By Payton Glunt
CCC Journalism Program
BLACKWOOD – Camden County College’s Phi Theta Kappa Alpha Nu Mu Chapter hosted an Earth Day celebration on campus April 23 to raise awareness of the importance of conservation and water health to CCC.
Students involved in the CCC chapter of the honor society gathered at the event to help one another make a difference.
Chapter Vice President of Service Jessica Whalen said her passion is spreading the word about environmental issues. “For years I have been drawn to earth conservation,” said Whalen, who is in her third and final year at CCC. “I have used it as a topic in many classes and wanted to bring it to other students as well.”
Whalen put together the event to spread the word about the importance of protecting the Earth. “We have an average of 12 years to make a real change before we face irreversible damage to our planet,” Whalen said to the students at the event.
She got students involved by showing them how to make up-cycled self-watering seedling planters out of empty water bottles. Up-cycling is the process of transforming by-products, waste materials or unwanted products into new materials to be reused.
By cutting two bottles in half and taking the top from one bottle and the two bottoms, people can make a self-watering planter. Whalen demonstrated by puncturing the bottom of one of the bottles and placing it into the other. Once they were placed inside each other, she fed a piece of string through the holes in the punctured bottle to recycle the water by pulling what has drained back into the plant. She then filled it with soil and added a few seeds, she chose kale, and then placed the top of the bottle over it to create a greenhouse effect. Students at the event could choose from many types of seeds, ranging from tomatoes to thyme.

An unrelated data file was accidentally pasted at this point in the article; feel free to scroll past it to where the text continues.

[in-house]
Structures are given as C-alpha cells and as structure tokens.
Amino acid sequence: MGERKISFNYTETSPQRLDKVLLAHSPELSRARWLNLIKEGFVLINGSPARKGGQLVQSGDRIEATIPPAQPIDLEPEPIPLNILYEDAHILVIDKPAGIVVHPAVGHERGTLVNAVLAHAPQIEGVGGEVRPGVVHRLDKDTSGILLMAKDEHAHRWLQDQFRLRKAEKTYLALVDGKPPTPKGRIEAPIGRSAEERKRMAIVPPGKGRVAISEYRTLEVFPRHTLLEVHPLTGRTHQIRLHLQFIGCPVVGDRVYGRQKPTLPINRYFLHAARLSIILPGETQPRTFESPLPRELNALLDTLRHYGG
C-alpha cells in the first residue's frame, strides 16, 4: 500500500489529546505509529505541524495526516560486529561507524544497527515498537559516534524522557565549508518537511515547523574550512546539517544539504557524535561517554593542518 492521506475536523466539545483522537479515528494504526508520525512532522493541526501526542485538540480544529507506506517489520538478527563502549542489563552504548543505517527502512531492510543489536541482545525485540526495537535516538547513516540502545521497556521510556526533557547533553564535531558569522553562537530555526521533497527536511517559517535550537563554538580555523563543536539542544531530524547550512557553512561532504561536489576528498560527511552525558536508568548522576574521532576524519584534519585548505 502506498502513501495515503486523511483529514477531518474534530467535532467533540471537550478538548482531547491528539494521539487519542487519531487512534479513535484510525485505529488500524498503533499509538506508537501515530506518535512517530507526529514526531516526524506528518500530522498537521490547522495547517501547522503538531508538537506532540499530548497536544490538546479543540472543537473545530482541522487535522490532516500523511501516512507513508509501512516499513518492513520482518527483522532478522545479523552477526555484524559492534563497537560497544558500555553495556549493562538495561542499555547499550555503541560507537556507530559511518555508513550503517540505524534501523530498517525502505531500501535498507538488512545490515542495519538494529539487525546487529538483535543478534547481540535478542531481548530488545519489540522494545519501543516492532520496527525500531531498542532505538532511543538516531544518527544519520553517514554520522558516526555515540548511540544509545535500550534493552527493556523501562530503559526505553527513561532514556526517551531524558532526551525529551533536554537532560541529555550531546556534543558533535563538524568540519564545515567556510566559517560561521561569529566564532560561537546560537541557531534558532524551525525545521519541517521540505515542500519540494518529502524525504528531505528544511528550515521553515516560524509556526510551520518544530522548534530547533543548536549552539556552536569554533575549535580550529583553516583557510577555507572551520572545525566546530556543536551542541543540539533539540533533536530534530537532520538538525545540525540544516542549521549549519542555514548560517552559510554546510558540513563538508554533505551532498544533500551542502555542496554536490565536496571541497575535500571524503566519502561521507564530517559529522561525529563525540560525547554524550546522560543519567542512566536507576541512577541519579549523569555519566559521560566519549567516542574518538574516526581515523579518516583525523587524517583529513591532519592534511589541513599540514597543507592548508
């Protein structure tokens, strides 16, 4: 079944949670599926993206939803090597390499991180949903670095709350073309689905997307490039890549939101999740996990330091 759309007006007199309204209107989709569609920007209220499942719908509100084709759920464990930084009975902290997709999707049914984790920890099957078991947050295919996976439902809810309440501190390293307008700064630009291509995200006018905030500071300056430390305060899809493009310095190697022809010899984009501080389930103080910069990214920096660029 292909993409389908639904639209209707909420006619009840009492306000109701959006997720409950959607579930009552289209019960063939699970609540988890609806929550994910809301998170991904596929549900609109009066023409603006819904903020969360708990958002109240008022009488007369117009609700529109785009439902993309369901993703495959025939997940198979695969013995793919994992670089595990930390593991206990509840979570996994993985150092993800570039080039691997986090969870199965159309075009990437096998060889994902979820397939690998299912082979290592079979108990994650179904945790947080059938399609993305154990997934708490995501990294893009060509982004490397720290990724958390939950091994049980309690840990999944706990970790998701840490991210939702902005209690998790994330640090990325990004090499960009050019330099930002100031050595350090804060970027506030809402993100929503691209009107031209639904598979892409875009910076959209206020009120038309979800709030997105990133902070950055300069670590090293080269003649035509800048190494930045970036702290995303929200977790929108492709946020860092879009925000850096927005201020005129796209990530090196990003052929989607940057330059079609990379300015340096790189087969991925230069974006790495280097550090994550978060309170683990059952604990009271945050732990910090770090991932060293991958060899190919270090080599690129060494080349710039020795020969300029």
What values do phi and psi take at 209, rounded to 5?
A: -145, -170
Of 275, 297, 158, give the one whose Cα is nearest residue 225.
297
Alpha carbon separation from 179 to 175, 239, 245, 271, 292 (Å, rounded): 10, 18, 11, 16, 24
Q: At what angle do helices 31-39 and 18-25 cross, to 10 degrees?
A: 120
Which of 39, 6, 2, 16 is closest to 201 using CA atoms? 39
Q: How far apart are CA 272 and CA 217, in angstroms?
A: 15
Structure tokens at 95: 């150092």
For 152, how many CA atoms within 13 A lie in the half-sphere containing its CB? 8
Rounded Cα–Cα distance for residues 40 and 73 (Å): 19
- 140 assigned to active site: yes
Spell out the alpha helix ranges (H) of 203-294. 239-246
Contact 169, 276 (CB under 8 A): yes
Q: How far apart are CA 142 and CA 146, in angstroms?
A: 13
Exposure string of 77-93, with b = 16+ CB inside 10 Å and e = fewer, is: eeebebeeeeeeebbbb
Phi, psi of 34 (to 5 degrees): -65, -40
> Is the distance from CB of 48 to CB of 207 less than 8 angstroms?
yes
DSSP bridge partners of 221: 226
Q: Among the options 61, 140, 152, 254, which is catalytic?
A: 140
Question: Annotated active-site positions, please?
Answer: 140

After this activity, Meg Lemieur of The Water Ways Project gave a presentation on the effects of the natural gas fracking industry in the mid-Atlantic region. She presented an illustration she and co-creator Bri Barton drew to tell the story of the industry and the effects it has on the environment.
Lemieur gave each student who attended the event a role as a character from her illustration with a short biography to stage a debate on whether fracking should be allowed to expand. This gave students an opportunity to see both sides of the story and show the truth behind what fracking does to the environment and the people in the areas surrounding fracking sites.
Alexis Burns, 19, one of the students who attended the event, said, “I enjoyed it a lot. It was very informative. It taught me more about natural gases, which I never really knew much about before, and the effects they have on the environment. It really showed me how important it is to protect our planet.”